Acne and the life and survival of its prominent bacteria

Dr Katerina Steventon August 21, 2019


Dr Katerina Steventon is a skincare specialist with substantial experience of working at the clinical, commercial and research interface. She has an MSc in Clinical Biochemistry and PhD in Transdermal Absorptions and has extensive knowledge of skin in both health and diseased state, and the consumer perspective on facial skincare.

There is still so much that is unknown about the skin microbiome, both in the healthy skin and skin with acne. Research has only just scratched the surface. This blog will discuss the recently published studies that offer a new perspective on the complexity of the role of bacteria in acne pathogenesis.

The reinvention of Propionibacterium acnes 

Propionibacterium acnes (P. acnes), is a commensal bacterium active in the daily maintenance of healthy skin. It is also an opportunistic pathogen in acne. Not shy of reinvention, the bacterium has been renamed three times: Corynebacterium acnes, P. acnes, and finally Cutibacterium acnes.

“Contrary to previous belief and perhaps its bad reputation, the proliferation of P. acnes is not the trigger of acne”

Around the beginning of the nineteenth century, Corynebacterium acnes was isolated from lesions in acne patients, establishing the first link between bacterial infection and acne. The concept of seeing the bacterium as a pathogen greatly declined when the bacterium, now known as Propionibacterium acnes, was also isolated from normal, healthy skin. Even when later re-confirmed as a factor influencing acne inflammation through a wide range of pathways, the questions remain: Is this commensal bacterium capable of initiating inflammation in the sebaceous gland? If so, why does follicle colonization not always result in inflammation?[1]

Since 2018, we now understand that there is a fine balance between the members of P. acnes family members (phylotypes) as well as a wider balance within the entirety of the skin microbiome in skin health and diseases. There is also a new taxonomic classification of P. acnes, now named Cutibacterium acnes (C. acnes).

However, the role of its different phylotypes participating in the virulence and antimicrobial resistance of acne-associated strains is far from understood. Contrary to previous belief and perhaps its bad reputation, the proliferation of P. acnes is not the trigger of acne! People with acne do not have more P. acnes in their follicles compared to a normal population. It is now considered most likely to be the loss of the skin microbial diversity, together with the activation of the innate body immunity, that leads to the chronic inflammatory condition.[2]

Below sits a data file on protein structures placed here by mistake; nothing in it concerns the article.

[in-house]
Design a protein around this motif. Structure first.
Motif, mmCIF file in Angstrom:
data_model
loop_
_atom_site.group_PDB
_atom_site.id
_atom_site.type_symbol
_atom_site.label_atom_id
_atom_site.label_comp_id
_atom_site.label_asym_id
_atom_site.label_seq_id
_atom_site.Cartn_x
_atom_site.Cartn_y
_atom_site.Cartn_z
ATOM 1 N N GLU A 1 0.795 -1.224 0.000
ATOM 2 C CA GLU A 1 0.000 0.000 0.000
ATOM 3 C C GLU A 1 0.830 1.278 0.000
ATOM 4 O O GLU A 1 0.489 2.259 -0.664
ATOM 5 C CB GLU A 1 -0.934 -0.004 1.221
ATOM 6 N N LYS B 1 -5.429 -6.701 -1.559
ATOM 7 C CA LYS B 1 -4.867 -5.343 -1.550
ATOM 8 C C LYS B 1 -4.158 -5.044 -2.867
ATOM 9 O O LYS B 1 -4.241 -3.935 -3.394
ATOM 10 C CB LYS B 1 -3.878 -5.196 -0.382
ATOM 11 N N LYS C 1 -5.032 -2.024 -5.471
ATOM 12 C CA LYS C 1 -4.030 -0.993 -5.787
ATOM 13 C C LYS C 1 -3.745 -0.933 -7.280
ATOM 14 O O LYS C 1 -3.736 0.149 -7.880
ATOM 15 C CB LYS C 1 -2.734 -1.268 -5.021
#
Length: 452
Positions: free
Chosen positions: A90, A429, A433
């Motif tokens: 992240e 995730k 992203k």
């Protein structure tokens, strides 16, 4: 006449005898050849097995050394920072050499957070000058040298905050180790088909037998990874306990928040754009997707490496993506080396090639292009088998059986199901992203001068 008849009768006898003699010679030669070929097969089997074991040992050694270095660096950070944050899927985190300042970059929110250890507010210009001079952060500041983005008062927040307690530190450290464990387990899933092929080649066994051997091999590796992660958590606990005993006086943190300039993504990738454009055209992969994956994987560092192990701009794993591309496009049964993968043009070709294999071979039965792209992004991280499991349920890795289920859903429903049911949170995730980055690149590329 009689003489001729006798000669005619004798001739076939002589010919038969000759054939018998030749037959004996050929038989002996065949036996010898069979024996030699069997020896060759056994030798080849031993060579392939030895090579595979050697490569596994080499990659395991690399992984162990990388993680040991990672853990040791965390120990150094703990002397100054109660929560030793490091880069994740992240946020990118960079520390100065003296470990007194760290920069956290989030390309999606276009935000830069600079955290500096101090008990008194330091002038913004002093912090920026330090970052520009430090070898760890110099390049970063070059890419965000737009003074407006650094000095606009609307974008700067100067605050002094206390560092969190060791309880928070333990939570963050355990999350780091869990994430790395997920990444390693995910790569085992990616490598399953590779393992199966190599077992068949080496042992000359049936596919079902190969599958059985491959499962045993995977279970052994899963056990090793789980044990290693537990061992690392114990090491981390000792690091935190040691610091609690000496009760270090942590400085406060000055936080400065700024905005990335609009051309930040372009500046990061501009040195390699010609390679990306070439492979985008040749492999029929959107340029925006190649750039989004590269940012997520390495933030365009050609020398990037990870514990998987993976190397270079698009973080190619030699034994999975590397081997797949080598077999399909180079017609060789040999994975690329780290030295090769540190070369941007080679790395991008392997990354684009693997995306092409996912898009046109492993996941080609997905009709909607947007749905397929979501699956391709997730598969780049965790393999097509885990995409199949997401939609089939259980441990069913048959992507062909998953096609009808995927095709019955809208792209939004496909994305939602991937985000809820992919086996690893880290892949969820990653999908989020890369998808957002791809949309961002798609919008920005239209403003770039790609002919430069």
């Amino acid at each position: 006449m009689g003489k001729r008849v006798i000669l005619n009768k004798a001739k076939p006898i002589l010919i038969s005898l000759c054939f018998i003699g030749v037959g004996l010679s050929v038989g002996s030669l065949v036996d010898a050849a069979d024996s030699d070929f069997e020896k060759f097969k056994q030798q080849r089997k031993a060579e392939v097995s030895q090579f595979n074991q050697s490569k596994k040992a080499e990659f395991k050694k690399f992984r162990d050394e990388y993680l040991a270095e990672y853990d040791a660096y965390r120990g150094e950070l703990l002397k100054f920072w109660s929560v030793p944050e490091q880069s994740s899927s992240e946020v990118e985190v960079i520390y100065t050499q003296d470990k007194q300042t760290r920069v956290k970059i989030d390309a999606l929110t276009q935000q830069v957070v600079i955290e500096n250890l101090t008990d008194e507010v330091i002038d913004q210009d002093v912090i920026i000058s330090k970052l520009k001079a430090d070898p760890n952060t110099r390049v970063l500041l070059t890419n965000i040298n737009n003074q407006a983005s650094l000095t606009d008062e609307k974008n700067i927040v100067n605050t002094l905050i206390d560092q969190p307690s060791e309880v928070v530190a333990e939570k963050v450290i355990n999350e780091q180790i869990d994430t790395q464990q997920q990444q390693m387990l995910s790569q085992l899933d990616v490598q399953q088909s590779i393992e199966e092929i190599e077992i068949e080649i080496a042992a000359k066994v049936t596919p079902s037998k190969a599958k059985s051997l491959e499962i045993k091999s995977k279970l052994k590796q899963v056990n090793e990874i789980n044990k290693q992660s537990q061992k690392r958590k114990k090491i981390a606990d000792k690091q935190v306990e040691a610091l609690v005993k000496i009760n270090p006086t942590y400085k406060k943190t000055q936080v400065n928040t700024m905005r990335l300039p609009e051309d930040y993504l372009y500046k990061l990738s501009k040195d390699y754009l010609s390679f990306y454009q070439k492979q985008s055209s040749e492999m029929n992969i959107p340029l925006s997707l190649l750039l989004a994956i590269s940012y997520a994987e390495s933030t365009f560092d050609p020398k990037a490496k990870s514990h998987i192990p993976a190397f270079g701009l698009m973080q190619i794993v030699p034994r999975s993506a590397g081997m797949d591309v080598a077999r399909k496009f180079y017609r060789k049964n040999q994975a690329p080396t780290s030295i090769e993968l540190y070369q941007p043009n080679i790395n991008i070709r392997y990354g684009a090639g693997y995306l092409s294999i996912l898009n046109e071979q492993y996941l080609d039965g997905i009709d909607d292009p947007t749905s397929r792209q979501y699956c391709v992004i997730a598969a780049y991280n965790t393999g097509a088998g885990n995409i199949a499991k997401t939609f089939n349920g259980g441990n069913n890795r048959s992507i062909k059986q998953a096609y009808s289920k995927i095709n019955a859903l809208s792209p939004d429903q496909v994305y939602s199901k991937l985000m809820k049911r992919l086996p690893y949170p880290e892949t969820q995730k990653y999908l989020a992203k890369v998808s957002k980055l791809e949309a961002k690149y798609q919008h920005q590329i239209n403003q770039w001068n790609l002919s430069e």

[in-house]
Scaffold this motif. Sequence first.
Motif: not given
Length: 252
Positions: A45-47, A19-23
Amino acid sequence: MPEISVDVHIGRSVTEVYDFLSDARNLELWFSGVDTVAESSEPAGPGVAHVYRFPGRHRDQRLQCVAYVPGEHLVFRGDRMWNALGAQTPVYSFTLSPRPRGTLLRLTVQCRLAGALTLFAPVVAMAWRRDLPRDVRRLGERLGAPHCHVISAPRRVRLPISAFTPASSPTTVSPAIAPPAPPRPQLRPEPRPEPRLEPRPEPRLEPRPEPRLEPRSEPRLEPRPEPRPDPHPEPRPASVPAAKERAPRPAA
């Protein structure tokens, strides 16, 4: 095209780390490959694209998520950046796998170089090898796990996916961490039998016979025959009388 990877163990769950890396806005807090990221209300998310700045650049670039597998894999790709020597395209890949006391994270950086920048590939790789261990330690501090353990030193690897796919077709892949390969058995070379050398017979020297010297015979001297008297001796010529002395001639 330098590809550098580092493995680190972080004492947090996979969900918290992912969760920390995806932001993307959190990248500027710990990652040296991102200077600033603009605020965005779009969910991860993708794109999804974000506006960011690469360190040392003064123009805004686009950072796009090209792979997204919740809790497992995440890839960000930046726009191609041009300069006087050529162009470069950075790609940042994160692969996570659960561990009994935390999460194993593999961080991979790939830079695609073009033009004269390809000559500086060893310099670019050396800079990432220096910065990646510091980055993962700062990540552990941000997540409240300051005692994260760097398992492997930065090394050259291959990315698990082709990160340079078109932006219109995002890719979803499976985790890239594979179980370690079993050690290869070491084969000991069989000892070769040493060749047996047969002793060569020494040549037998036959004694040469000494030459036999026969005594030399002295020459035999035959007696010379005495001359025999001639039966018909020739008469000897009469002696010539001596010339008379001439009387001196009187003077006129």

Clinical success of topical acne therapies

In today’s clinical practice, dermatologists still rely on a limited number of therapeutics (antibiotics and benzoyl peroxide) to treat inflammatory acne. The strategy to target the environment in order to suppress the growth of P. acnes on the skin has been proposed in the past – altering the microenvironment within the follicle beyond the ‘boundaries for its growth and survival’. In doing so, several environmental parameters could be altered: pH, oxygen tension, ionic strength and water availability. The latter has been suggested as a safe therapeutic approach: preventing microbial growth and colonization by reducing water activity with small osmolytes, i.e. xylose or sucrose, non-fermentable by P.acnes.[3] In other words, dehydrating the skin to prevent P. acnes thriving.

Yet, targeting the environment as an approach to acne therapy has not taken off. The follicular niche in which P. acnes resides, as well as the bacterial attributes associated with its ability to thrive in this relatively “extreme” habitat, require more research. Despite new genome sequencing technology providing an array of answers, this technology alone cannot help to explain the exact role of the bacterium in acne since the environment in which it lives is also important. So, we look further afield to understand the link between acne and P. acnes.

Biofilm: A mode of bacterial growth

The main question surrounding the cause, and treatment, of acne remains: Is there a biofilm? In recent years there has been much interest in the ability of P. acnes to produce biofilms. Biofilms are the natural form of bacterial growth, different from planktonic, free-floating cells (see the UK National Biofilms Innovation Centre explainer)[4].

Any biofilm consists of three essential components: the microbial cells, a surface onto which these cells adhere, and an extracellular polymeric matrix, in which cells are embedded and can form larger communities. Biofilms are notoriously resistant to antimicrobial therapies due to restricted penetration of antimicrobials, decreased growth rate, expression of resistance genes and the presence of resistant cells.

Some P. acnes strains produce biofilms but does P. acnes form biofilm in acne? Unfortunately, biofilms without a clear-cut abiotic surface cannot be “explanted” and analyzed. Burkhart and Burkhart first suggested that P. acnes resides within the follicle as a biofilm based on circumstantial evidence. The failure of topical therapies could be explained by high resistance of sessile, or immobile, P. acnes cells; also demonstrated in in vitro studies.

In the end, the difference between P. acnes acting as a skin commensal in healthy skin or as a pathogen in acne, could be related to phylotypic differences associated with biofilm formation. However, the adaptation of P. acnes to its follicular niche, and understanding why it thrives in certain lesions is unclear.

It is plausible that cell-associated polysaccharides of some P. acnes strains, whether organized in biofilms or capsules, play a role in storing water and protecting the life of the bacteria in the acne follicle.

Science has many questions yet to be answered.








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